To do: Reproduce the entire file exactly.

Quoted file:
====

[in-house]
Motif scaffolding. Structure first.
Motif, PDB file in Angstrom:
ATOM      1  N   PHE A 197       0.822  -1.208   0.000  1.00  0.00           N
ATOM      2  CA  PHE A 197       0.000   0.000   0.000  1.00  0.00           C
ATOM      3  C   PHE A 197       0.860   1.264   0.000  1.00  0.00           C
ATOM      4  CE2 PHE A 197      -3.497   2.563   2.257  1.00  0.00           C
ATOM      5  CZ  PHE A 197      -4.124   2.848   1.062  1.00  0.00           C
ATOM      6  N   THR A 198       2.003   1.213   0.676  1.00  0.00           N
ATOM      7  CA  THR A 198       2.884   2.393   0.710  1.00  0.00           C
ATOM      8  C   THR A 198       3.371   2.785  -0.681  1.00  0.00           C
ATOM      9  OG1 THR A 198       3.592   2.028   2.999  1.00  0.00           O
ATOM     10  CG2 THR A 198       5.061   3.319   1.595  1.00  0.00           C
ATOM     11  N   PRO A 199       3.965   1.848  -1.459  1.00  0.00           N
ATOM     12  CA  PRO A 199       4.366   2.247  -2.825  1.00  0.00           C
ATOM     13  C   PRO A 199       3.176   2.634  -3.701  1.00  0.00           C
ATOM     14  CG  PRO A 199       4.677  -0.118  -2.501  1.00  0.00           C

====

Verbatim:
[in-house]
Motif scaffolding. Structure first.
Motif, PDB file in Angstrom:
ATOM      1  N   PHE A 197       0.822  -1.208   0.000  1.00  0.00           N
ATOM      2  CA  PHE A 197       0.000   0.000   0.000  1.00  0.00           C
ATOM      3  C   PHE A 197       0.860   1.264   0.000  1.00  0.00           C
ATOM      4  CE2 PHE A 197      -3.497   2.563   2.257  1.00  0.00           C
ATOM      5  CZ  PHE A 197      -4.124   2.848   1.062  1.00  0.00           C
ATOM      6  N   THR A 198       2.003   1.213   0.676  1.00  0.00           N
ATOM      7  CA  THR A 198       2.884   2.393   0.710  1.00  0.00           C
ATOM      8  C   THR A 198       3.371   2.785  -0.681  1.00  0.00           C
ATOM      9  OG1 THR A 198       3.592   2.028   2.999  1.00  0.00           O
ATOM     10  CG2 THR A 198       5.061   3.319   1.595  1.00  0.00           C
ATOM     11  N   PRO A 199       3.965   1.848  -1.459  1.00  0.00           N
ATOM     12  CA  PRO A 199       4.366   2.247  -2.825  1.00  0.00           C
ATOM     13  C   PRO A 199       3.176   2.634  -3.701  1.00  0.00           C
ATOM     14  CG  PRO A 199       4.677  -0.118  -2.501  1.00  0.00           C